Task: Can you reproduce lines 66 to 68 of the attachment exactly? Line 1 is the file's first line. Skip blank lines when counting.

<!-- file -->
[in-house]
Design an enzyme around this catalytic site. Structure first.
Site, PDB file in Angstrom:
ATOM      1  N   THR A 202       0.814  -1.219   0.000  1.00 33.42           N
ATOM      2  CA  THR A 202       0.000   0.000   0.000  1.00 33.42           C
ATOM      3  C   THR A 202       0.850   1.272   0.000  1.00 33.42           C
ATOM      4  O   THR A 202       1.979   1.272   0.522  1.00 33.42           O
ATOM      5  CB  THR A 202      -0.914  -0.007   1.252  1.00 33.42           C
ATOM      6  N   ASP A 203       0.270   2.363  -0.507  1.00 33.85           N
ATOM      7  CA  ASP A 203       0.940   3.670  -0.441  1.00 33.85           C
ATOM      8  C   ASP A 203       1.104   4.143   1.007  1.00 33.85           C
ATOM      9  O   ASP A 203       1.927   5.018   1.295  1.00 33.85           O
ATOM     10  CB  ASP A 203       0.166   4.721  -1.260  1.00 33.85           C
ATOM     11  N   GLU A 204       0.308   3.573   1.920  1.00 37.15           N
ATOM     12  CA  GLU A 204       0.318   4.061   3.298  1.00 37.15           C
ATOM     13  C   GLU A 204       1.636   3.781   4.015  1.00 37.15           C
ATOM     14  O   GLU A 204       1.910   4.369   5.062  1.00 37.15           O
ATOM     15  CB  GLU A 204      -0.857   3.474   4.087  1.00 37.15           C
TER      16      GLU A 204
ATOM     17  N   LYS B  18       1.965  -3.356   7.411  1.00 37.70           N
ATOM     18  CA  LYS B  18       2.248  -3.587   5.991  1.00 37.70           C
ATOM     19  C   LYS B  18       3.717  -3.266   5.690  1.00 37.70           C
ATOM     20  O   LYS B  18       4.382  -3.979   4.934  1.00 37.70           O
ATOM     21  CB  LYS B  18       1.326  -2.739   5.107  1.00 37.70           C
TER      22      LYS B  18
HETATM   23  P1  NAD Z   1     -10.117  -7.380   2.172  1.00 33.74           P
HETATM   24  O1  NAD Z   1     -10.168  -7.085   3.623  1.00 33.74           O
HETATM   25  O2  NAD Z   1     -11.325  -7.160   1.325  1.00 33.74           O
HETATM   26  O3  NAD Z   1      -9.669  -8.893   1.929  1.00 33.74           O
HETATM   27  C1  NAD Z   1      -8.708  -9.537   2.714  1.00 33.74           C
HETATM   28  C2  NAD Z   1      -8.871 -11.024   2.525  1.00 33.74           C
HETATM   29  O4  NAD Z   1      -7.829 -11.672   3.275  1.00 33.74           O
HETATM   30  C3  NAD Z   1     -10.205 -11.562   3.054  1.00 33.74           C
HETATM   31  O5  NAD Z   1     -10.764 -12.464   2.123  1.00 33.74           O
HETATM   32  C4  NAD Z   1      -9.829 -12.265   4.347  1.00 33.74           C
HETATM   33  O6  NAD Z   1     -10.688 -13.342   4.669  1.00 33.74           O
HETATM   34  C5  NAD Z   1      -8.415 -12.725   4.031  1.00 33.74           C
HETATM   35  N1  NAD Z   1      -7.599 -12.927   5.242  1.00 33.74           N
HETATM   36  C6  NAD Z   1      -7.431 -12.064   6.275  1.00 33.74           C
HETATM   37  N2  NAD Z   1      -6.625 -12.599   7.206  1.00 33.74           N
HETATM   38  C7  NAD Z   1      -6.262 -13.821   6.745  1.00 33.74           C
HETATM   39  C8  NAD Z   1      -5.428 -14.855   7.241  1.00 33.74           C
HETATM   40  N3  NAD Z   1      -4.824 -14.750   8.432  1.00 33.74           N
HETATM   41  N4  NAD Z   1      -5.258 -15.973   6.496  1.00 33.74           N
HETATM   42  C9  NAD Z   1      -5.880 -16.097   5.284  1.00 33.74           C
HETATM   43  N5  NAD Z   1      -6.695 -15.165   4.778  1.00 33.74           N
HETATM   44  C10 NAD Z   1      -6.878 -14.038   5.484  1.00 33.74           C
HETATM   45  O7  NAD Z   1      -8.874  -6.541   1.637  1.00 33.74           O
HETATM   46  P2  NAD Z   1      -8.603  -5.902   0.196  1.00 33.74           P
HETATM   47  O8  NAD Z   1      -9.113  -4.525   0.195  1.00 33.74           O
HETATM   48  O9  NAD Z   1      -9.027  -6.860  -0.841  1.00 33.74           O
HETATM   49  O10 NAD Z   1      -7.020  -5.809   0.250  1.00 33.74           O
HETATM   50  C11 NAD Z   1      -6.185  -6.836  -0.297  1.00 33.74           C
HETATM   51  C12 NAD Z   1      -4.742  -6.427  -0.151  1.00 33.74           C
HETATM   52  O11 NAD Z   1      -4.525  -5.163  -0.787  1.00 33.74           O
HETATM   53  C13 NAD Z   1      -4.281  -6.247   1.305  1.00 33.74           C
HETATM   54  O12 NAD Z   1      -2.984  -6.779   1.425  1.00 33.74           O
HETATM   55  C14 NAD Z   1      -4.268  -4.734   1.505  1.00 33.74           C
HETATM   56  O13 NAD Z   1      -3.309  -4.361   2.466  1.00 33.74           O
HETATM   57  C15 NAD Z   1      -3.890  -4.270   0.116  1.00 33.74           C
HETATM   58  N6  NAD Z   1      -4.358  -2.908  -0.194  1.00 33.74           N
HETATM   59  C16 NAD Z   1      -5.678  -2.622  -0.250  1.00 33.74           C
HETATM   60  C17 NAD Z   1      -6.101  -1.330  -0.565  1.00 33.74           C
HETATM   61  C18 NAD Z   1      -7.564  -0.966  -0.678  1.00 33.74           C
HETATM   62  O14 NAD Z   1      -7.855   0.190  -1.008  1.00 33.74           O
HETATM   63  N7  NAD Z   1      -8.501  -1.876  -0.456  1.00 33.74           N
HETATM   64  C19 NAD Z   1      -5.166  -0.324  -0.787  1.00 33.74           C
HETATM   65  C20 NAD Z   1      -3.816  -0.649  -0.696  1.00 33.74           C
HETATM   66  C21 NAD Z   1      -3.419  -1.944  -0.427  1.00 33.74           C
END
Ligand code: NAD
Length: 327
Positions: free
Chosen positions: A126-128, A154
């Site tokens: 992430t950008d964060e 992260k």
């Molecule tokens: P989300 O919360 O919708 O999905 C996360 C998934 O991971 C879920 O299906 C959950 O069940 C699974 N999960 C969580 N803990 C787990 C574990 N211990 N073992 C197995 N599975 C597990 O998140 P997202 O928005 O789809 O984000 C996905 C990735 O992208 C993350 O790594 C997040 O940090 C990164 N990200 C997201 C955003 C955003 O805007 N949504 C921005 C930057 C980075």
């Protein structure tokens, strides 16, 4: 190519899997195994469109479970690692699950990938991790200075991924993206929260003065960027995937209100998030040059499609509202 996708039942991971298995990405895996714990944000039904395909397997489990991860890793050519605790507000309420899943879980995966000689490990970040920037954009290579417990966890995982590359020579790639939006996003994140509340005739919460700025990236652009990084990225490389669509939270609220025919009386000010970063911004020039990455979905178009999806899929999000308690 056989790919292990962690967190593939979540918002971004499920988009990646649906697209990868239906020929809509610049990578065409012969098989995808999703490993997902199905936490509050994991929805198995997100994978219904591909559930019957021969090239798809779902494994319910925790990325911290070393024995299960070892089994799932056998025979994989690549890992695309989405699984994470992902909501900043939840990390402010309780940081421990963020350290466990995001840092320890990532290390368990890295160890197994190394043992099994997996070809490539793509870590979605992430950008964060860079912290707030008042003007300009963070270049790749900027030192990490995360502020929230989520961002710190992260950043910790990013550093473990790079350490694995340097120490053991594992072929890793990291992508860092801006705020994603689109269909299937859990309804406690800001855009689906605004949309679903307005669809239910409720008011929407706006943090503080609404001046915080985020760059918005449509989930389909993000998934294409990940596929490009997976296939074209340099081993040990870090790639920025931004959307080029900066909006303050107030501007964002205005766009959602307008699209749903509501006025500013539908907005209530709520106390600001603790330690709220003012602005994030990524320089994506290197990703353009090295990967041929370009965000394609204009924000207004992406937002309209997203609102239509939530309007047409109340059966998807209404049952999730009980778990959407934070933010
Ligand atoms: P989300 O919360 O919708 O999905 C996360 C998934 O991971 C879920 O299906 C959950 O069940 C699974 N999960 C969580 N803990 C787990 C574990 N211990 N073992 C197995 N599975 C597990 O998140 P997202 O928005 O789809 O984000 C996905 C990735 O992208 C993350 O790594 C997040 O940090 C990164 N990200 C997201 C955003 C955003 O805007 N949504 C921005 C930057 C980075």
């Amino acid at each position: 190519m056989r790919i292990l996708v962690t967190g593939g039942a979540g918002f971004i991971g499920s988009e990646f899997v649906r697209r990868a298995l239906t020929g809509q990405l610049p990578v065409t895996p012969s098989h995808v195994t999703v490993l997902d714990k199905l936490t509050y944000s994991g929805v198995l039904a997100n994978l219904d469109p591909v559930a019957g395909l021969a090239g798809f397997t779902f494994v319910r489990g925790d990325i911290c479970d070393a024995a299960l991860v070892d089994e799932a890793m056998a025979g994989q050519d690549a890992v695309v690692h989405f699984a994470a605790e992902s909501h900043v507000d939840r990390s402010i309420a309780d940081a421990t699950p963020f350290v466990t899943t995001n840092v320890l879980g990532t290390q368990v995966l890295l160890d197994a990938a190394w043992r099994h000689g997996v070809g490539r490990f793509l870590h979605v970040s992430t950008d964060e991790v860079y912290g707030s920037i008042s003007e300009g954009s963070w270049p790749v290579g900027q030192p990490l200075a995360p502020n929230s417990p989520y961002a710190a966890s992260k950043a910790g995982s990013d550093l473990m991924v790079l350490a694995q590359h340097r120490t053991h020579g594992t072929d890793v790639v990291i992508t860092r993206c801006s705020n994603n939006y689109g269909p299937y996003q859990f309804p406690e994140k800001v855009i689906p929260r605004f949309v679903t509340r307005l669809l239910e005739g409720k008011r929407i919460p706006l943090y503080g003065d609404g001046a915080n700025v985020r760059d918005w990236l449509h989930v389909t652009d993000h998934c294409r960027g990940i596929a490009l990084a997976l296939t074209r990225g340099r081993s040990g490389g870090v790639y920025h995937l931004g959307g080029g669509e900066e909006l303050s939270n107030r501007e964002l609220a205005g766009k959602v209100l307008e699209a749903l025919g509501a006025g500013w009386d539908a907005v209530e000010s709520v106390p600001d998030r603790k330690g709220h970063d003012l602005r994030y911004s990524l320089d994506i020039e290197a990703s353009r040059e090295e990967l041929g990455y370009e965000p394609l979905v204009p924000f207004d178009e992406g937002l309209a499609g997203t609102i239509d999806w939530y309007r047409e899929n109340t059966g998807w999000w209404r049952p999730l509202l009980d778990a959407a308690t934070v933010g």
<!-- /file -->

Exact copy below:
HETATM   63  N7  NAD Z   1      -8.501  -1.876  -0.456  1.00 33.74           N
HETATM   64  C19 NAD Z   1      -5.166  -0.324  -0.787  1.00 33.74           C
HETATM   65  C20 NAD Z   1      -3.816  -0.649  -0.696  1.00 33.74           C